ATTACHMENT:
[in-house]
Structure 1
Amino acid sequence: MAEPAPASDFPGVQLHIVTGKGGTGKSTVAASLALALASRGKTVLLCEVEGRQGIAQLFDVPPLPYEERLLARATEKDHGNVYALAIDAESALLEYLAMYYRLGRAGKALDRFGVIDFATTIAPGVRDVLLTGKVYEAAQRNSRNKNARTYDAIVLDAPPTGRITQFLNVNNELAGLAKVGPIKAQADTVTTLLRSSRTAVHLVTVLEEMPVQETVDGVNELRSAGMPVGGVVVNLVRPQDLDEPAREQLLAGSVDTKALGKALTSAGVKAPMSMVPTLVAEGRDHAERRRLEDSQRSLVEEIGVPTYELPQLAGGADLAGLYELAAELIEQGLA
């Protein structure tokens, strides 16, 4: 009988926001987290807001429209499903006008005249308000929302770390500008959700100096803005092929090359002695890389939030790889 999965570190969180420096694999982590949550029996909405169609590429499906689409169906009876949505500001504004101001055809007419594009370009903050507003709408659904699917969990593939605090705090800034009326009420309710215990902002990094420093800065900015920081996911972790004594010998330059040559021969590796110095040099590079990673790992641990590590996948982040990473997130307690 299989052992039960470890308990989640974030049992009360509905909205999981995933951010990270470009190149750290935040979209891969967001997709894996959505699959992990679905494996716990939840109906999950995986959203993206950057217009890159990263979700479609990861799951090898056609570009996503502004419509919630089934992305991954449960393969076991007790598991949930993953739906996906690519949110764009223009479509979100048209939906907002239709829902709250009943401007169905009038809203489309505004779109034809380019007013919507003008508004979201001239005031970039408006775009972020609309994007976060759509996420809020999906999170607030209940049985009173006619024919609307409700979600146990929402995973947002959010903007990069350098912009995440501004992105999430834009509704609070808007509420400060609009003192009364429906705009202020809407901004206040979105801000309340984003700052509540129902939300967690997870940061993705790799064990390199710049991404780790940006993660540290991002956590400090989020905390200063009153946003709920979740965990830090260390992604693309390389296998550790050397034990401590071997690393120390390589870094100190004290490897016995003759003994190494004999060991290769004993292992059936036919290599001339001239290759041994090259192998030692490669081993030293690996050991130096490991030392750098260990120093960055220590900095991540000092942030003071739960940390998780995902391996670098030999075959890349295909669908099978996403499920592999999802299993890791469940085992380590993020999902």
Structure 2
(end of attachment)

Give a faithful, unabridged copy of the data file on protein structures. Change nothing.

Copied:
[in-house]
Structure 1
Amino acid sequence: MAEPAPASDFPGVQLHIVTGKGGTGKSTVAASLALALASRGKTVLLCEVEGRQGIAQLFDVPPLPYEERLLARATEKDHGNVYALAIDAESALLEYLAMYYRLGRAGKALDRFGVIDFATTIAPGVRDVLLTGKVYEAAQRNSRNKNARTYDAIVLDAPPTGRITQFLNVNNELAGLAKVGPIKAQADTVTTLLRSSRTAVHLVTVLEEMPVQETVDGVNELRSAGMPVGGVVVNLVRPQDLDEPAREQLLAGSVDTKALGKALTSAGVKAPMSMVPTLVAEGRDHAERRRLEDSQRSLVEEIGVPTYELPQLAGGADLAGLYELAAELIEQGLA
């Protein structure tokens, strides 16, 4: 009988926001987290807001429209499903006008005249308000929302770390500008959700100096803005092929090359002695890389939030790889 999965570190969180420096694999982590949550029996909405169609590429499906689409169906009876949505500001504004101001055809007419594009370009903050507003709408659904699917969990593939605090705090800034009326009420309710215990902002990094420093800065900015920081996911972790004594010998330059040559021969590796110095040099590079990673790992641990590590996948982040990473997130307690 299989052992039960470890308990989640974030049992009360509905909205999981995933951010990270470009190149750290935040979209891969967001997709894996959505699959992990679905494996716990939840109906999950995986959203993206950057217009890159990263979700479609990861799951090898056609570009996503502004419509919630089934992305991954449960393969076991007790598991949930993953739906996906690519949110764009223009479509979100048209939906907002239709829902709250009943401007169905009038809203489309505004779109034809380019007013919507003008508004979201001239005031970039408006775009972020609309994007976060759509996420809020999906999170607030209940049985009173006619024919609307409700979600146990929402995973947002959010903007990069350098912009995440501004992105999430834009509704609070808007509420400060609009003192009364429906705009202020809407901004206040979105801000309340984003700052509540129902939300967690997870940061993705790799064990390199710049991404780790940006993660540290991002956590400090989020905390200063009153946003709920979740965990830090260390992604693309390389296998550790050397034990401590071997690393120390390589870094100190004290490897016995003759003994190494004999060991290769004993292992059936036919290599001339001239290759041994090259192998030692490669081993030293690996050991130096490991030392750098260990120093960055220590900095991540000092942030003071739960940390998780995902391996670098030999075959890349295909669908099978996403499920592999999802299993890791469940085992380590993020999902």
Structure 2